Preferably, the control of the congestion window size is decoupled from the retransmission procedure, such that the process proceeds as shown in FIG. 4c. Namely, after receiving the threshold number of duplicate acknowledgments (in the example of FIG. 4c the value of Th is equal to 5, like in FIG. 4b), the congestion window size remains unchanged, and after receiving further acknowledgments, the congestion window size is linearly increased, e.g. in accordance with the congestion avoidance algorithm that is well-known from TCP.
 The advantages of the embodiments shown in FIGS. 4b and 4 c with respect to the situation shown in FIG. 4a and also with respect to the prior art of Tamura et al. become more pronounced if the congestion window is capable of reaching sizes that are much larger than 3. This can be expected if the transmission network over which data units are being sent has a large capacity, as e.g. a system operating in accordance with the universal mobile telephone system (UMTS) standard. Consequently, the present invention is preferably applied in the context of protocols that operate over link layer protocols which provide such high data rate links. In other words, it is preferable to apply the method of the present invention to a transport layer, referred to as L4 in the OSI standard, when the link layer L2 over which the L4 layer is implemented, is a layer associated with a high bandwidth transmission network, such as the UMTS network. As the method of the present invention is capable of dealing with reordering, the present invention is especially advantageous if the lower protocol layers below L4 are implemented in such a way that they can release L4 data units out of order, in which case reordering is likely to occur.
 Now an example of an exchange of segments and corresponding acknowledgments between a sending peer and receiving peer, both for the prior art and when applying the present invention, shall be described by referring to FIGS. 3a and 3 b. More specifically, FIG. 3a shows the case where a sender sends segments that are referred to by the integer variable n to a receiver. In the example of FIG. 3a, a segment n is sent and acknowledged, whereas a segment n+1 is lost in the transmission. As a consequence, the receiver only acknowledges segment n as the last correctly received data segment of the sequence that was received in the proper order of the sequence, although the receiver has correctly received segments n+2, n+3, etc. As already mentioned, FIG. 3a shows the standard TCP prior art situation, where a retransmission is conducted after the receipt of the third duplicate acknowledgment. The retransmission of segment n+1 is shown by a bold arrow. After having correctly received the retransmitted segment n+1, the receiver acknowledges segment n+11 as the last correctly received data segment of the sequence that was received in the proper order of the sequence.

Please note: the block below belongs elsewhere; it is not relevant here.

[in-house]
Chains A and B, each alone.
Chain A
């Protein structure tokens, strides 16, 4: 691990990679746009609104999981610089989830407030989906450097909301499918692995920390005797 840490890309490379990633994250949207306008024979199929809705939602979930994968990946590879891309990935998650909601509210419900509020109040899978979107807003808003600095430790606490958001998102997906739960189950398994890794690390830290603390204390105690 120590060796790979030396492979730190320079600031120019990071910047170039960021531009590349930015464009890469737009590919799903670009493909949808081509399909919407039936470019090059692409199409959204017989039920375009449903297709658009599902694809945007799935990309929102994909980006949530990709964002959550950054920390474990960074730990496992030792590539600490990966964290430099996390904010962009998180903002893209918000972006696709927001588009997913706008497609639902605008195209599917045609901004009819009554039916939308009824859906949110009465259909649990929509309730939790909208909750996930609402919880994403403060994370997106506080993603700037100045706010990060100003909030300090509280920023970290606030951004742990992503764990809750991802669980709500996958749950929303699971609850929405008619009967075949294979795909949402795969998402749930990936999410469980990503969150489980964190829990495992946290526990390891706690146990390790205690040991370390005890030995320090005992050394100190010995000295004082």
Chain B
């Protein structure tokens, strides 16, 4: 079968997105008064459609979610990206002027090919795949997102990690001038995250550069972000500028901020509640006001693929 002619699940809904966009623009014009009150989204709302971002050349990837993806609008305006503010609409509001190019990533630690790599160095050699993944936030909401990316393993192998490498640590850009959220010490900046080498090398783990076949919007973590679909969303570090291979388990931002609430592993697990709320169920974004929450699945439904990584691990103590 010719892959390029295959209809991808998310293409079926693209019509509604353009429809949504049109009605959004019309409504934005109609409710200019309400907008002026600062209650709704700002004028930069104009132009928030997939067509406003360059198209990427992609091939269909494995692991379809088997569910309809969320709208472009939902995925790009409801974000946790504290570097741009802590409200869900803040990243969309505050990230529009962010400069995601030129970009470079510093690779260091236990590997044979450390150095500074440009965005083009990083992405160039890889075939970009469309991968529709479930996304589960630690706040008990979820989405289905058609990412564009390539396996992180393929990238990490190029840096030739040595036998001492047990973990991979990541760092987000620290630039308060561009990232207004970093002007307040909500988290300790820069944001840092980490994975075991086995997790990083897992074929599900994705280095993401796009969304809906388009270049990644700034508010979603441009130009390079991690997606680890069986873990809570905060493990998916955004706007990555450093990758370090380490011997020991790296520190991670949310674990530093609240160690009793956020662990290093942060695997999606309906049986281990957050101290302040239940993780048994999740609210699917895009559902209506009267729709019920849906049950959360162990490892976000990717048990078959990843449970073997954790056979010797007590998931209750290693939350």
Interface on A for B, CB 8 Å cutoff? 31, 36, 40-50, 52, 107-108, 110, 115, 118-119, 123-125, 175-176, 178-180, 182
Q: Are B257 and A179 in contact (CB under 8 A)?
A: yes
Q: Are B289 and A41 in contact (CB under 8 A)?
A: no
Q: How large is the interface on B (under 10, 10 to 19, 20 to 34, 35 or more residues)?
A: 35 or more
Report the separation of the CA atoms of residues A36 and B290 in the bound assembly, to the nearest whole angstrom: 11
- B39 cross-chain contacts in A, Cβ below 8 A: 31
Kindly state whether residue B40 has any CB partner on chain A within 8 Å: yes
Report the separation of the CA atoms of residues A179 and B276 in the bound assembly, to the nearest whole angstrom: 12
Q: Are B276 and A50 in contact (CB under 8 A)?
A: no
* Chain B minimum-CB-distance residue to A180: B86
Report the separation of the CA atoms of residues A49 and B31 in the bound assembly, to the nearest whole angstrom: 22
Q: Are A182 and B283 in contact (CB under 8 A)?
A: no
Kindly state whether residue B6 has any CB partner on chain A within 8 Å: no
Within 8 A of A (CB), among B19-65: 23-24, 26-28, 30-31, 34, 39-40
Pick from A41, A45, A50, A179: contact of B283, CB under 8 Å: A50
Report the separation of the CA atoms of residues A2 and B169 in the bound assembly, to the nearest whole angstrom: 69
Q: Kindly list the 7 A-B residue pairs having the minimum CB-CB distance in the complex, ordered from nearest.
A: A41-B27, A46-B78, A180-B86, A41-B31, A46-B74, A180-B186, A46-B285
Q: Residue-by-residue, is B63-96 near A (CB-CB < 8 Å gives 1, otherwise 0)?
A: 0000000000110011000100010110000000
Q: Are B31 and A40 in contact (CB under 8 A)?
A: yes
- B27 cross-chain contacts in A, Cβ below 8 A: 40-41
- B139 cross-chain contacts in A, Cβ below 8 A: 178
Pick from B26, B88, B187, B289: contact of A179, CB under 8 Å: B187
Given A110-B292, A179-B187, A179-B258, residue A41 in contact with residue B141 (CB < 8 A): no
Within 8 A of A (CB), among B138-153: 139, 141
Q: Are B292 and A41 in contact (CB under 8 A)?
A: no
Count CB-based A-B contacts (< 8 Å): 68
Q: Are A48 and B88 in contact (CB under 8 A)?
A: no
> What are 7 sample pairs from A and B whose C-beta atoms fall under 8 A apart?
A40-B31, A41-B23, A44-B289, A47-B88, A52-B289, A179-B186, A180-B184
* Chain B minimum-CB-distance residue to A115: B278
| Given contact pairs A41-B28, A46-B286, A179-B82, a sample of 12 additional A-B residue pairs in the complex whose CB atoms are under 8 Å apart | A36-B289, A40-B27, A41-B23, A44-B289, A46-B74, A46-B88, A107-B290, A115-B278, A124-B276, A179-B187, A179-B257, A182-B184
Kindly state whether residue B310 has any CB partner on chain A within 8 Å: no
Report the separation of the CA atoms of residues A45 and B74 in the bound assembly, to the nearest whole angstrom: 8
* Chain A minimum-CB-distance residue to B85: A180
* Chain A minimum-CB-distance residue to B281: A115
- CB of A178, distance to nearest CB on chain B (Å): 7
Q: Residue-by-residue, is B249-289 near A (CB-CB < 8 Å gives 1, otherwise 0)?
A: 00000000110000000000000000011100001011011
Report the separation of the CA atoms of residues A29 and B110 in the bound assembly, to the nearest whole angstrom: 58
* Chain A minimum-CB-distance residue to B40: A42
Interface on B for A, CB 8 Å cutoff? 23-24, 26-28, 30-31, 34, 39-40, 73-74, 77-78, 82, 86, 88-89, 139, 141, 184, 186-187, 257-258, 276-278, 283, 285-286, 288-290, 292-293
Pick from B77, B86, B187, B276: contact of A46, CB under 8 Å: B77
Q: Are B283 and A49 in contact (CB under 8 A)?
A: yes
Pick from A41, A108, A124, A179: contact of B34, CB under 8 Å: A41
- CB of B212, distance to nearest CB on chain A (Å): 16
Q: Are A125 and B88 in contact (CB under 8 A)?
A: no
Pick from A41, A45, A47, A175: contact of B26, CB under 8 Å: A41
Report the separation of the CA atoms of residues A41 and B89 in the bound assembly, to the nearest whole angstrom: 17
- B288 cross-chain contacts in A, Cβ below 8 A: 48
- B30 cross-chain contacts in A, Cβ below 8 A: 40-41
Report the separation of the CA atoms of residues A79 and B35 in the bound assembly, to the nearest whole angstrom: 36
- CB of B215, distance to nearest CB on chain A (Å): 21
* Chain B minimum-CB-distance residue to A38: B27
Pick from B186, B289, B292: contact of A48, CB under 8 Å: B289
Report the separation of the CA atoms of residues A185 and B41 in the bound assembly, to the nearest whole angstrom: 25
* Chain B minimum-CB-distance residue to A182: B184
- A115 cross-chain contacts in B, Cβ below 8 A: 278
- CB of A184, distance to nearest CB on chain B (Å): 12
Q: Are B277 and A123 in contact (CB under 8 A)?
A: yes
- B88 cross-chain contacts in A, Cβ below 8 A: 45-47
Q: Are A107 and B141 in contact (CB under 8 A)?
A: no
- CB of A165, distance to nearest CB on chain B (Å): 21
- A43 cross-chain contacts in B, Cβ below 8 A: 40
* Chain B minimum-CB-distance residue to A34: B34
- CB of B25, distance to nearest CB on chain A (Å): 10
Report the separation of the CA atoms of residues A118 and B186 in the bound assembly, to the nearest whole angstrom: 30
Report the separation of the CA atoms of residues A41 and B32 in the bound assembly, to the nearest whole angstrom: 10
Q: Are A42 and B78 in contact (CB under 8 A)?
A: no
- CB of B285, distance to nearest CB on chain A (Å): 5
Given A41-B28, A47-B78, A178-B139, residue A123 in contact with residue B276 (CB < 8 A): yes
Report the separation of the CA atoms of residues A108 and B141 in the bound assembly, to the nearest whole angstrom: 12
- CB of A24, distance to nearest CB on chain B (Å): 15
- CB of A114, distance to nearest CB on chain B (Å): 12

FIG. 3b shows the same initial situation as FIG. 3a, but the present invention is applied and the duplicate acknowledgment threshold is determined on the basis of the congestion window size, namely as one half of this congestion window size (determined in multiples of the maximum segment size). The duplicate acknowledgment threshold is therefore not restricted to a specific value (as in the standard TCP case), and also not to a specific maximum value (as in the case of the Tamura article). In the example FIG. 3b, the congestion window size is presumed to be 10 or 11, such that the duplicate acknowledgment threshold is 5. As a result, the sender waits a period of time ΔT longer until retransmitting segment n+1, if the situation is as shown in FIG. 3b, namely that a fifth duplicate acknowledgment arrives at the sender's side. On the other hand, if the segment n+1 is in fact not lost, but only delayed, and it would arrive during the time ΔT indicated in FIG. 3b, then the correct receipt of segment n+1 would be acknowledged before a retransmission takes place on the sender's side, as the threshold number of duplicate acknowledgment will not be reached in that case.
 The method of the present invention can be put to practice in any suitable or appropriate way, and can especially be present in the form of a computer program, and consequently also in the form of a storage medium carrying such a computer program. Equally, the invention can be present in the form of a communication device arranged to operate in accordance with the method of the invention.
 Although the present invention has been described by way of detailed embodiments, the invention is by no means restricted to these embodiments, as it is defined by the appended claims. Also, reference numerals in the claims are not to be understood as restrictive, as they only serve to make the claims easier to read.
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|U.S. Classification||370/235, 370/400, 370/428, 714/748|
|International Classification||H04L12/807, H04L12/841, H04L12/801, H04L1/00, H04L1/16, H04L29/06, H04L29/08, H04L1/18|
|Cooperative Classification||H04L69/163, H04L69/16, H04L47/34, H04L1/1635, H04L1/1887, H04L47/10, H04L47/27, H04L47/29, H04L47/193, H04L1/0001, H04L47/18, H04L47/283, H04L1/1809|
|European Classification||H04L29/06J7, H04L47/29, H04L47/10, H04L47/27, H04L47/18, H04L47/28A, H04L47/19A, H04L47/34, H04L1/18T7, H04L29/06J, H04L1/16F7, H04L1/18C|
|May 14, 2002||AS||Assignment|
Owner name: TELEFONAKTIEBOLAGET LM ERICSSON (PUBL), SWEDEN
Free format text: ASSIGNMENT OF ASSIGNORS INTEREST;ASSIGNORS:MEYER, MICHAEL;LUDWIG, REINER;REEL/FRAME:012905/0455
Effective date: 20020424
|Oct 12, 2010||FPAY||Fee payment|
Year of fee payment: 4
|Oct 10, 2014||FPAY||Fee payment|
Year of fee payment: 8